My grandmother Mimi was known for her homemade shortbread. Unfortunately, I can’t remember ever tasting her shortbread. She was 70 years old when I was born and, naturally, her cooking aspirations declined with age. By the time I was old enough to help in the kitchen, she wasn’t doing much cooking. We made old-fashioned fudge together, I remember that. She always served me bacon and Welch’s grape fruit for breakfast because it was just what I wanted.
I pick up on little tidbits about Mimi’s cooking from my dad, like that she fried her grilled cheese sandwiches with some shredded cheese on the outside like I do. And last winter, the scent of my friend’s pot roast almost brought me to my knees—not because I love the smell of beef, but because it took me back in time to Mimi’s kitchen.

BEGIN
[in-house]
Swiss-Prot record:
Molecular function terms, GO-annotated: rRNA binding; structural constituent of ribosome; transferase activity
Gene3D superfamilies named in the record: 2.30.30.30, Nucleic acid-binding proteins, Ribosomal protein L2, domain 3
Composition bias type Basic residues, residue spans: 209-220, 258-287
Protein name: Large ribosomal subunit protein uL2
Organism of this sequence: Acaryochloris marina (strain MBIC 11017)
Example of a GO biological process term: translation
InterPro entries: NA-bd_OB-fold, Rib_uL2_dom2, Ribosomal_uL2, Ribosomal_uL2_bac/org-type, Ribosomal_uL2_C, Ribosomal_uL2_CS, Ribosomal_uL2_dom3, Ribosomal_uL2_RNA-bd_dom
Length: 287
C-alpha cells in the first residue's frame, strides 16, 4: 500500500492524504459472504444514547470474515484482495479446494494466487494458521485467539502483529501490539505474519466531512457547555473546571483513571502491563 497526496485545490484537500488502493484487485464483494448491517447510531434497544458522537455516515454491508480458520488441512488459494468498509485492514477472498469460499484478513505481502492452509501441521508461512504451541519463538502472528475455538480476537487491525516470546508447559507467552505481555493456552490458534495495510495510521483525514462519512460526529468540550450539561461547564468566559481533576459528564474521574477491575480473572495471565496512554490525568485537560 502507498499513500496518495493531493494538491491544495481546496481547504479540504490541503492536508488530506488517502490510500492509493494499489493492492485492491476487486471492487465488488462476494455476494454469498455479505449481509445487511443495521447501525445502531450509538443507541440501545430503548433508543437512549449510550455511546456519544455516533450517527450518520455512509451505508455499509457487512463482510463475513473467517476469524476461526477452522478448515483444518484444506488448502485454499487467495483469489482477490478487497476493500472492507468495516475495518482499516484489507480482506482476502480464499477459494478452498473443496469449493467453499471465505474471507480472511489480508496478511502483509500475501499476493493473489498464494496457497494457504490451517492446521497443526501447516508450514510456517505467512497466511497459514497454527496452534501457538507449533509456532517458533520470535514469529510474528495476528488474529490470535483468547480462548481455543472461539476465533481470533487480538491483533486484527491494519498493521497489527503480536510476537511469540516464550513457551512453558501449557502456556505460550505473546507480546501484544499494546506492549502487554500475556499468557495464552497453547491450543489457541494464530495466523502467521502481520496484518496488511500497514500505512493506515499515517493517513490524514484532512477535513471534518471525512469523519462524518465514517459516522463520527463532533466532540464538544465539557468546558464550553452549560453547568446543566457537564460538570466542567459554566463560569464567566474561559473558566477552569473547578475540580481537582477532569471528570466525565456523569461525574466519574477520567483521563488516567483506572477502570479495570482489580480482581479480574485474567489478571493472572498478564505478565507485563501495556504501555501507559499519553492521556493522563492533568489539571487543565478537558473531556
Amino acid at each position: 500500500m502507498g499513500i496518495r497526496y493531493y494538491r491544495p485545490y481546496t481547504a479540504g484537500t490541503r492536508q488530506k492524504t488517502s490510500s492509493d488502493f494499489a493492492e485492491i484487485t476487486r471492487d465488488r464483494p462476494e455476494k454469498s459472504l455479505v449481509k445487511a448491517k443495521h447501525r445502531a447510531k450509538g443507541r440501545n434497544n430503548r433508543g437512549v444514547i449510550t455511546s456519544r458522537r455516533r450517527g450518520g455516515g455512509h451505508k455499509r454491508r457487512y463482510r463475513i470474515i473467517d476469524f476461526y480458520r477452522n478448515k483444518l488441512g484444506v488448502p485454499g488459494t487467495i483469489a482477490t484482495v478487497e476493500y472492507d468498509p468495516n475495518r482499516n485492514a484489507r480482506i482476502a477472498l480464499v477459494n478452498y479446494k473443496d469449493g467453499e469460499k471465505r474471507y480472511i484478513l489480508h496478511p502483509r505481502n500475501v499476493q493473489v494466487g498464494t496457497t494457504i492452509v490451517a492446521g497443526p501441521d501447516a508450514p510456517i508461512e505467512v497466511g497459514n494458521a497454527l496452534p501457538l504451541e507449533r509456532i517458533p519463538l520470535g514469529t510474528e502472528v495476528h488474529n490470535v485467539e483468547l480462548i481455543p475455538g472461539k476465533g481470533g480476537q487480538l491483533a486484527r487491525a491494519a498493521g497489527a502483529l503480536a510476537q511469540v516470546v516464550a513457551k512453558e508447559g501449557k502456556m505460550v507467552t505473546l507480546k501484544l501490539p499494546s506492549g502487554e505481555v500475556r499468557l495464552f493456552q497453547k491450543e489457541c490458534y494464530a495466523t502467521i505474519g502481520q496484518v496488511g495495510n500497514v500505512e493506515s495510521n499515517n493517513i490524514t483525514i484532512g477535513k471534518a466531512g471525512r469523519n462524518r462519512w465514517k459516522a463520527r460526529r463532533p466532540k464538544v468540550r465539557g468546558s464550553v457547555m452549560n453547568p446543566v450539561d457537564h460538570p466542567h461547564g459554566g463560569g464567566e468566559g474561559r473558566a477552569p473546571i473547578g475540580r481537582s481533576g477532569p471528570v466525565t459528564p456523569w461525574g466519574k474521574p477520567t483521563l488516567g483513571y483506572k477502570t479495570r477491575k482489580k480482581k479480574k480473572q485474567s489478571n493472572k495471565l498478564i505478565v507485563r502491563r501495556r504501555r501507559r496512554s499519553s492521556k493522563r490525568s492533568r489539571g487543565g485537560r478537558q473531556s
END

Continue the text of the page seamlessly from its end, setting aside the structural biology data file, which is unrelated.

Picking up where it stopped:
Mimi was born in 1915, the last of five children. My great grandmother’s family came from Scotland so maybe shortbread runs in the blood. Rumor has it that in high school, Mimi decided to add an “e” to the end of her middle name because she liked the extra flourish it provided. Mildred Kathryne looks nice, I think. She had two sons, seventeen years apart, with my grandfather. The love of her life. When I was little, their exceptional fondness for one another was as real and warm as Mimi’s soft cashmere sweaters.